Labor MP Harriet Shing told State Parliament on Wednesday that the government’s “implementation group”, overseen by the Department of Justice and Community Safety, would report by December 18.
She said the move recognised roadside tests at present picked up only the presence of cannabis in a driver’s system, without accounting for whether drivers were impaired or not.
“I know that this is a theme which has persisted throughout a range of different sectors and industries, and it’s something which I think globally we are working toward finding some more certainty on,” Ms Shing said.
Ms Patten said there were about 4000 users of medicinal cannabis in Victoria who could instantly benefit from changes to the law.
“Australia is the only jurisdiction that prevents medicinal cannabis patients from driving 24/7 and it is simply unfair,” Ms Patten told The Age.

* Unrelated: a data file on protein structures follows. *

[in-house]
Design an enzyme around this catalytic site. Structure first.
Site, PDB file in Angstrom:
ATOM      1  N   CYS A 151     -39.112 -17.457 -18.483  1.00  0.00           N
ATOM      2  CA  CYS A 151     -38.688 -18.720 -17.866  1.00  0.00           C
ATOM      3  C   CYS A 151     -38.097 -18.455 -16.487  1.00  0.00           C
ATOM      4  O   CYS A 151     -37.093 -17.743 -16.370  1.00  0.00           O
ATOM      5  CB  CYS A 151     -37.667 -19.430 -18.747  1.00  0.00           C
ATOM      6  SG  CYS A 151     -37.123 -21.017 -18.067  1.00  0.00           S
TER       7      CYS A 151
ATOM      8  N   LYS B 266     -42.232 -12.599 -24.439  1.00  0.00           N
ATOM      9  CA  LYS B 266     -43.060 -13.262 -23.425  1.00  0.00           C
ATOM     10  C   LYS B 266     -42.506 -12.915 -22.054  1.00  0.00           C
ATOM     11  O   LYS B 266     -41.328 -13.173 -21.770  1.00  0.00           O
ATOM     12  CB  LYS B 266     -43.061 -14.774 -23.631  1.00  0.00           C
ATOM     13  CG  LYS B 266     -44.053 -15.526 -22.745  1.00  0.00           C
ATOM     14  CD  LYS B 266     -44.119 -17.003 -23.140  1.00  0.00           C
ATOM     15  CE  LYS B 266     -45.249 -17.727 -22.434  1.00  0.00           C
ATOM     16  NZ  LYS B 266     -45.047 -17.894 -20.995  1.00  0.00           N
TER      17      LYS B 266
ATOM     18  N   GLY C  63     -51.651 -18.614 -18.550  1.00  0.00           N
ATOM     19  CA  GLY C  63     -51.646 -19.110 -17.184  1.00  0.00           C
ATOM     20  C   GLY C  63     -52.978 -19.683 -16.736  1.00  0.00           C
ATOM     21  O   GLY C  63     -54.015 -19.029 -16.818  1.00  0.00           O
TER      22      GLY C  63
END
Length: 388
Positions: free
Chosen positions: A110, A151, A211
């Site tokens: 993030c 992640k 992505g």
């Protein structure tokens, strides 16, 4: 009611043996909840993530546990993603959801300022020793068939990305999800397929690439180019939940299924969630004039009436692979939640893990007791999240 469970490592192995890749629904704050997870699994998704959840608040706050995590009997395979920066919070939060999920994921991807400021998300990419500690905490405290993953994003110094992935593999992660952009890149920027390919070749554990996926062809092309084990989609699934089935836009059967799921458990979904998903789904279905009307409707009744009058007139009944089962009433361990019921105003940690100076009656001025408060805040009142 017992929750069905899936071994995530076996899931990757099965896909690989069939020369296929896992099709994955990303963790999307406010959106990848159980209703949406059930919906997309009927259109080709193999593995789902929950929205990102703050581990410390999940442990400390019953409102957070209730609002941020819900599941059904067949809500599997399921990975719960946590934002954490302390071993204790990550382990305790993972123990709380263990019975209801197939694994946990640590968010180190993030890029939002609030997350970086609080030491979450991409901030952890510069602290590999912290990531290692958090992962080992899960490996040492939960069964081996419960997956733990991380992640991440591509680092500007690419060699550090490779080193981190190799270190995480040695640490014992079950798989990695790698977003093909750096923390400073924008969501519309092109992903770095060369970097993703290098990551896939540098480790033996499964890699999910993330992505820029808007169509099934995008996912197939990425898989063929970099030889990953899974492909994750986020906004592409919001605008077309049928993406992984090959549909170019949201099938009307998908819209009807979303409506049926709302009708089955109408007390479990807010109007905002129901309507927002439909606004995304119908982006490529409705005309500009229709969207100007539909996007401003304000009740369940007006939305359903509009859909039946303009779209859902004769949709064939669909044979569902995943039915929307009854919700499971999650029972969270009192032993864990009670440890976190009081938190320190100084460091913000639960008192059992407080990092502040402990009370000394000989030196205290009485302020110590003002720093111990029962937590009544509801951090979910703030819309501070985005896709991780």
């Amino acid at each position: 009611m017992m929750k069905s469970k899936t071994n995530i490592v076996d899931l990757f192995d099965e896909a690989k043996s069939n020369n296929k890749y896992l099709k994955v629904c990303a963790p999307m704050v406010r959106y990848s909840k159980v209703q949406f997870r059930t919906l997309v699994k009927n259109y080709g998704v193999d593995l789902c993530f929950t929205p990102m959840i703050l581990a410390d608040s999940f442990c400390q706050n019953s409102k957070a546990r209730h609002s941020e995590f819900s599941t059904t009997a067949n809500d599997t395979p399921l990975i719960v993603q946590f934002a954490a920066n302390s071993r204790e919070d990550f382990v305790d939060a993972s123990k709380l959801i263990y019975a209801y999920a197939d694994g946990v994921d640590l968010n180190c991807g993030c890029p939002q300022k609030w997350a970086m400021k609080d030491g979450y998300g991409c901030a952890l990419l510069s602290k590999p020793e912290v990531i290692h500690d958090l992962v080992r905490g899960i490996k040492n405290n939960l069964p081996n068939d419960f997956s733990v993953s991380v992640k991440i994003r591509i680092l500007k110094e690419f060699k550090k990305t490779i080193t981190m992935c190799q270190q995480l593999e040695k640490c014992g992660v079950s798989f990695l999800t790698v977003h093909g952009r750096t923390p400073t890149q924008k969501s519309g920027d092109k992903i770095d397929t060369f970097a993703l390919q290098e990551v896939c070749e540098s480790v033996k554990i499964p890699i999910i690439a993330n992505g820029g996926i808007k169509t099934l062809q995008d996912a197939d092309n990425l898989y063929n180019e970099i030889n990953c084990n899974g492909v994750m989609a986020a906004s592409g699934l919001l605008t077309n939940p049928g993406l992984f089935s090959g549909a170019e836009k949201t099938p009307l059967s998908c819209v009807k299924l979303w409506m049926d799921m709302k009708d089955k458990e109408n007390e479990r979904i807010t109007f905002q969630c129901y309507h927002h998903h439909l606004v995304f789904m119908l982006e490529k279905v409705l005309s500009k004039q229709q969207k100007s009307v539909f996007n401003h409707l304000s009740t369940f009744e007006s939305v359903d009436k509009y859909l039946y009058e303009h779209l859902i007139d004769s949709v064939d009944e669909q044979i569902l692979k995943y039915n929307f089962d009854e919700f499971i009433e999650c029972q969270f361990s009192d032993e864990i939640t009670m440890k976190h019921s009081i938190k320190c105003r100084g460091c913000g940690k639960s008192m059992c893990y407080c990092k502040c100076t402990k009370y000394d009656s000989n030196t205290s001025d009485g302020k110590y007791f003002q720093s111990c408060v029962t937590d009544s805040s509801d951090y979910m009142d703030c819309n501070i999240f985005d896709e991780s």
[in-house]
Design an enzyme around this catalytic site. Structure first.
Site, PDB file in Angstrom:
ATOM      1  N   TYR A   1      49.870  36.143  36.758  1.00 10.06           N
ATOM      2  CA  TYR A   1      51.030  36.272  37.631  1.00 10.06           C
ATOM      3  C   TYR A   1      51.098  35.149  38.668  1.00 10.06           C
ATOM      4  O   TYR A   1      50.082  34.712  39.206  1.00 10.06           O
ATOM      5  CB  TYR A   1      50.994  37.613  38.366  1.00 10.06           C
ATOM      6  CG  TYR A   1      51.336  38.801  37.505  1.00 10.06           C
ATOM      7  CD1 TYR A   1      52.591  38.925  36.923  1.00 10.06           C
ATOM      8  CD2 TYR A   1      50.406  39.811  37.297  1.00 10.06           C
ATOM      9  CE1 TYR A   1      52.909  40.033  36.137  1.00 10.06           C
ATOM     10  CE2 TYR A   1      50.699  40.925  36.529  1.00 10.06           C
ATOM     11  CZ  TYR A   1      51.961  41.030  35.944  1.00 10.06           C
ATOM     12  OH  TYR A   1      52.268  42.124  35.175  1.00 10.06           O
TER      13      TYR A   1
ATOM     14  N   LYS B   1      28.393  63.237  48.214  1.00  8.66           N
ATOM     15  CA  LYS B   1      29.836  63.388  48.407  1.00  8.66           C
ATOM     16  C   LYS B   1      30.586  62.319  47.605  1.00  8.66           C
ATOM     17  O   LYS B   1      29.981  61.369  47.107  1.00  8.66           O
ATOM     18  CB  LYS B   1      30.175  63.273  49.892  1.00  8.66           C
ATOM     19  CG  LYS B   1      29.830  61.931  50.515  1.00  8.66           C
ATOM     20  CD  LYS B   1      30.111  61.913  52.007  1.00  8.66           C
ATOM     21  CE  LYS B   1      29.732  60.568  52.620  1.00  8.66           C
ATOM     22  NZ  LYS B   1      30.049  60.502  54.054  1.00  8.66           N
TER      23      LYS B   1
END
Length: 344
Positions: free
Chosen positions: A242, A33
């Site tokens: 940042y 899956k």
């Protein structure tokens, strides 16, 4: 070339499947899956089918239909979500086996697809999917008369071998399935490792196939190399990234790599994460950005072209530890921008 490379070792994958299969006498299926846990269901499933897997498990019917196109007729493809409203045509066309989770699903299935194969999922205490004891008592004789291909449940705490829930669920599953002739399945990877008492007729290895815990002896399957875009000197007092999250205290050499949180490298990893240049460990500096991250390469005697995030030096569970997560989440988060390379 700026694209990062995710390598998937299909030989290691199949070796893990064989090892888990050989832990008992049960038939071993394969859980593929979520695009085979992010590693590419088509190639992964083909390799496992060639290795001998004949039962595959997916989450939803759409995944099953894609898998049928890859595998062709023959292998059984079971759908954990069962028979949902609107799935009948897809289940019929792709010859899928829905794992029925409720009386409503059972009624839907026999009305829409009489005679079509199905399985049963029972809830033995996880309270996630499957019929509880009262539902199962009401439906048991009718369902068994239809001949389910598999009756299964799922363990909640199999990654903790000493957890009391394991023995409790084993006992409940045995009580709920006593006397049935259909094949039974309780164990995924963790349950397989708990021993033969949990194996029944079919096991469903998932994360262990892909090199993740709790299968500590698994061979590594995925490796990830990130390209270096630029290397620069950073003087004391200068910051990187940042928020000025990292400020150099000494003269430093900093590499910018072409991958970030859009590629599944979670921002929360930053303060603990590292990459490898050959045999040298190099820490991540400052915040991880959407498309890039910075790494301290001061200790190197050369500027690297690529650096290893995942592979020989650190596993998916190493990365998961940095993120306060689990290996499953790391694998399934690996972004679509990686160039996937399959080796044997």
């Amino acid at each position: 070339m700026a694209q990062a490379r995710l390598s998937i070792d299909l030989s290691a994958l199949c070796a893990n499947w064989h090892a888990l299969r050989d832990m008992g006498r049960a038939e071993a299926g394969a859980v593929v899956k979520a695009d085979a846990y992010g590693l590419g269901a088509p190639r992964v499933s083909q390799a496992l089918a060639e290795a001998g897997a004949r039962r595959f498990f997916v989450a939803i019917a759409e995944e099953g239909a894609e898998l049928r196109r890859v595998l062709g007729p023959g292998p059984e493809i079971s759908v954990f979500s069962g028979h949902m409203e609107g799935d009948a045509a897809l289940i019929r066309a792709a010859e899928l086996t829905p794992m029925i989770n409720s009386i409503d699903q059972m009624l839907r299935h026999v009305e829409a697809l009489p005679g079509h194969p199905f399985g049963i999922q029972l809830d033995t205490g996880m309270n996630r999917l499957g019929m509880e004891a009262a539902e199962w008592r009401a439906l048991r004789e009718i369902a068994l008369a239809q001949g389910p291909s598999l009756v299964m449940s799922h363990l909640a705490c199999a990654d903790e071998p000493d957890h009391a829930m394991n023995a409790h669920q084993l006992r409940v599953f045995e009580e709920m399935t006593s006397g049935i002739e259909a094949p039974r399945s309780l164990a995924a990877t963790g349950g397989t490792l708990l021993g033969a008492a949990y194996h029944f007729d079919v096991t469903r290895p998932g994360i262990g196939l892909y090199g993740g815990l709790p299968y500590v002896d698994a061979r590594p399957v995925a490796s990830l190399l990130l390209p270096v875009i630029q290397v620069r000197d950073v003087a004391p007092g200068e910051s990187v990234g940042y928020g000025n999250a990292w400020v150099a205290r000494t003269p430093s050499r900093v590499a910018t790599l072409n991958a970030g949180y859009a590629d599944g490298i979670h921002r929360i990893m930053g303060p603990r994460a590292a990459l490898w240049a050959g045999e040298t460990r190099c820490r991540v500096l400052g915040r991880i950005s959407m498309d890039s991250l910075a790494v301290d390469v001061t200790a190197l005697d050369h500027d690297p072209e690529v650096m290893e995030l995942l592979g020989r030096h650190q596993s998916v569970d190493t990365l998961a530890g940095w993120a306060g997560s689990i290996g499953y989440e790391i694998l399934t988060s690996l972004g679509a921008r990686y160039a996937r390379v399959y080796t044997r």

“Medicinal cannabis patients should be treated in the exact same way as any other patient who is prescribed a medication and should be allowed to drive if it is safe to do so.”
Ms Shing said the Parliament working group would include medical experts, road safety groups, Victoria Police and officials from the government’s Justice and Transport departments, along with Ms Patten.
“We’re looking forward to continuing that collaborative discussion, which I think is borne out by the government’s actions and commitment towards developing medicinal cannabis and making sure that we are doing it and doing it properly, to the benefit of those who need it most,” she said.
Ms Shing, who represents eastern Victoria in the upper house, said the Andrews government was “leading as fast and as well as we possibly can” on medicinal cannabis and road safety and was further motivated by the potential economic benefits of the medicinal cannabis industry, particularly in regional Victoria.
Noel Towell is State Political Editor for The Age
Michael is a state political reporter for The Age.